Stephen

5. ## Re: Calculating Mileage (Excel 2003)

Please look up the help for the VLOOKUP function. The formula in cell K3 is

=VLOOKUP(J3,\$A\$2:\$G\$5,6,FALSE)

J3 is the cell containing the lookup value - the postal code.
\$A\$2:\$G\$5 is the range to look in - it extends from column A to column G, and from row 2 to row 5. It is clearly the 5 that has to be changed now that there are more rows. In the example you attached, that data extend to row 33, so you'd have to use \$A\$2:\$G\$33, and if the real data extend to row 2800, change it to \$A\$2:\$G\$2800.
6 is the column index in the range that will provide the return value. Since the range begins in colum A, the 6th column is column F, containing the X values.
FALSE tells Excel to look for an exact match of the lookup value; if you specify TRUE or omit this argument, Excel will look at the highest value that is less than or equal to the lookup value.

The formulas in K4, L3 and L4 are similar (with 7 as column index for the formulas in column L)

6. ## Re: Calculating Mileage (Excel 2003)

Thanks Hans

Excellent explaination, thanks a lot, I am now experimenting with adding via's so if you don't mind I may need some more advice later

TFN

Stephen

7. ## Re: Calculating Mileage (Excel 2003)

Thanks for the terrific explaination Hans

Stephen

8. ## Re: Calculating Mileage (Excel 2003)

Hi Hans

If you have a moment could you please take a look at the attachment for my mileage calculator, I have tried to adapt your example to include stops en-route (via's) which does work if all stops are completed, Is there anything I can do to arrive at the total mileage if only some or none of the via's are completed.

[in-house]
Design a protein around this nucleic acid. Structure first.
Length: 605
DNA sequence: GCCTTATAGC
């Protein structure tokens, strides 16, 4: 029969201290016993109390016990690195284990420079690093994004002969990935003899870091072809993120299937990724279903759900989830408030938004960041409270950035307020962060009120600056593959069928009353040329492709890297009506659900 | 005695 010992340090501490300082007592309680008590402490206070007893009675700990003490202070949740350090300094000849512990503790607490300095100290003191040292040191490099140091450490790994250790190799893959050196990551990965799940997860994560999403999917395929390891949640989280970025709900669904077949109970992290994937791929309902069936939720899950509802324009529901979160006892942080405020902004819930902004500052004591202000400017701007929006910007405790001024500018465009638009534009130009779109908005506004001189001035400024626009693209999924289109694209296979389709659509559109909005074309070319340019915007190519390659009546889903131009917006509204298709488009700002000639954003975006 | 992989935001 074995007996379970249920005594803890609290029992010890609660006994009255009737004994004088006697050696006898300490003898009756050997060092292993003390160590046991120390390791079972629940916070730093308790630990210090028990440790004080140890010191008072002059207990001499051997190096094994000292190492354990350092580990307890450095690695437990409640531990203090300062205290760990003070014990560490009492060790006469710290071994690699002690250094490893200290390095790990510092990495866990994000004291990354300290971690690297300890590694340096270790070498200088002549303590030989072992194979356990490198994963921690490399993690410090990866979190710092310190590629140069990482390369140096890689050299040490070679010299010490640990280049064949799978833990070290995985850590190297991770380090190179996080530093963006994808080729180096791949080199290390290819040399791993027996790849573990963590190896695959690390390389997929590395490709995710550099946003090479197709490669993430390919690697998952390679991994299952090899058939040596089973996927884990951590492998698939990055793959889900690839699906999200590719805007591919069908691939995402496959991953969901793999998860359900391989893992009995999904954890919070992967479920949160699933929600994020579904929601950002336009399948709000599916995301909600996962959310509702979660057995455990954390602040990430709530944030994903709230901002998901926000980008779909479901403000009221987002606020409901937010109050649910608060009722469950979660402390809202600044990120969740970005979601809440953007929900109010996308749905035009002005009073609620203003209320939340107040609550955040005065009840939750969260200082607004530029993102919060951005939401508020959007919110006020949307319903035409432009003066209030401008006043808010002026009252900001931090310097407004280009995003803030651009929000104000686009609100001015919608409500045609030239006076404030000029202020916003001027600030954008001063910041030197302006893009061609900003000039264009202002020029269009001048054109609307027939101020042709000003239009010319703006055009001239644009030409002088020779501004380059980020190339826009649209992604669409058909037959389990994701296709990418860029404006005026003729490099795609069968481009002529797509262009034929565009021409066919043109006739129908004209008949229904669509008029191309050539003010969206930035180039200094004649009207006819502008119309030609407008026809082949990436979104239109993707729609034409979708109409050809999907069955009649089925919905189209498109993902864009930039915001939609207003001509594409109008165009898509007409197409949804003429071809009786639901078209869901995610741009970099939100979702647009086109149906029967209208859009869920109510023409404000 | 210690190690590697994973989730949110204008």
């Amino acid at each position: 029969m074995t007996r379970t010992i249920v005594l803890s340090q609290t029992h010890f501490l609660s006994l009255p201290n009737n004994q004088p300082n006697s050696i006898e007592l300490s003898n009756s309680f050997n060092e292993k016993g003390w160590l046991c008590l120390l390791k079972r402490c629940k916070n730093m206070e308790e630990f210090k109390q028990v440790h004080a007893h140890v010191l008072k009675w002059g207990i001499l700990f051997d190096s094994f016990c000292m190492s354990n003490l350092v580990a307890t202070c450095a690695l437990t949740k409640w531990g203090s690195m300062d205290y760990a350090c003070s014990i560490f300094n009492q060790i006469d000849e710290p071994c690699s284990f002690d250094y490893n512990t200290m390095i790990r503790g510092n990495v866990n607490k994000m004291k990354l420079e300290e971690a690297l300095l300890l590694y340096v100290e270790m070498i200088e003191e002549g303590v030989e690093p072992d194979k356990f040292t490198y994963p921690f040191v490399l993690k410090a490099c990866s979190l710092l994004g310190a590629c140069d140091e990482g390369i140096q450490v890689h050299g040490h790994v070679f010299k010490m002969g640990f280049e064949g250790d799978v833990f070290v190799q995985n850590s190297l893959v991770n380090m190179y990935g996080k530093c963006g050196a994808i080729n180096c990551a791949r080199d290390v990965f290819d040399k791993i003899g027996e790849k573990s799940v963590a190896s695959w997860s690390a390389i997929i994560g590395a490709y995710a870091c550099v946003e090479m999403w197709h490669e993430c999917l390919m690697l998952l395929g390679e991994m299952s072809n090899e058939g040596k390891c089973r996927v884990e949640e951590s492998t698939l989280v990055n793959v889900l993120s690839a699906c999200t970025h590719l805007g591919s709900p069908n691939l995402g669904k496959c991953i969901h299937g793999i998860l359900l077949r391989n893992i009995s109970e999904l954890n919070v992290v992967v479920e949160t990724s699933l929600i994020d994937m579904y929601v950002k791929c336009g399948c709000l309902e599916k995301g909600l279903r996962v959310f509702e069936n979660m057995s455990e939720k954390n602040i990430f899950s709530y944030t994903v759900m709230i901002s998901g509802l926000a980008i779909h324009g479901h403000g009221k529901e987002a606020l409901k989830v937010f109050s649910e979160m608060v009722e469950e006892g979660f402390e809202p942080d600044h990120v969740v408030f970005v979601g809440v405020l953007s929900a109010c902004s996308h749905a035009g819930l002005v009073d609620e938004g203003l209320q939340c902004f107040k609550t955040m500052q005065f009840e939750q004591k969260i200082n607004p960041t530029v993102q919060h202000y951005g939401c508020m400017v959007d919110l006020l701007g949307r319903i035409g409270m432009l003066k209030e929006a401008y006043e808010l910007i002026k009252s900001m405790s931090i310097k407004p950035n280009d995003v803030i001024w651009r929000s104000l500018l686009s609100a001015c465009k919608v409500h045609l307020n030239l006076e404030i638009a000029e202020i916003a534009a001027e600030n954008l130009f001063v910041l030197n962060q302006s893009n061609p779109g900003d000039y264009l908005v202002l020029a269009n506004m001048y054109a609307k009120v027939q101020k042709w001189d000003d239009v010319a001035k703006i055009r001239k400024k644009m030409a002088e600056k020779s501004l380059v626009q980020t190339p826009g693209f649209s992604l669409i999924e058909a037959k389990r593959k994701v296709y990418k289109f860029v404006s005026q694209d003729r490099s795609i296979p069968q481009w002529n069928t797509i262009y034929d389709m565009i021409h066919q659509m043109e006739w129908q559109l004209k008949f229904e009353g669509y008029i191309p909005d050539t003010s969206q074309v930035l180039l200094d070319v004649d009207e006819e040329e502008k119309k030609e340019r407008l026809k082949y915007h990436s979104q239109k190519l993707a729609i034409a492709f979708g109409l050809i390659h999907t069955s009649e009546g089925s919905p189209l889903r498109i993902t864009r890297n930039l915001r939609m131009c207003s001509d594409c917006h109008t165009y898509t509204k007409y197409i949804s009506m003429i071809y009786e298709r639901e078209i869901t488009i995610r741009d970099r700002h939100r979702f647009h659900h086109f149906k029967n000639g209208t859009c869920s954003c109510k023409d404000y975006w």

Thank you

Steve

9. ## Re: Calculating Mileage (Excel 2003)

I am not sure I understand what you need exactly.

You can calculate the distance directly fom the first to the last, but this is the direct line answer and will be the minimum (straight line) distance. Without the intermediate routes, how are we to know what route was taken? This intermediate routes are what adds to the total.

Given a start and end code, what is the logic that the formula/routine will use to arrive at the total distance?

Steve

10. ## Re: Calculating Mileage (Excel 2003)

Hi steve,

Try the attached modifications to your worksheet.

11. ## Re: Calculating Mileage (Excel 2003)

That will work if the first n post codes are filled in, and the rest (including the End Post Code) is left blank. But if the End Post Code is filled in, but not all intermediary ("via") post codes, the result will be incorrect.

12. ## Re: Calculating Mileage (Excel 2003)

Hi Steve,

Update attached to take account of Hans' observation that the previous version didn't handle the last row being filled in but not some of the rows above it.

13. ## Re: Calculating Mileage (Excel 2003)

Thank you Macropod, thats perfect

Hans, thanks as usual for your input, Steve, I will already know the order that deliveries will be made in

Cheers

Stephen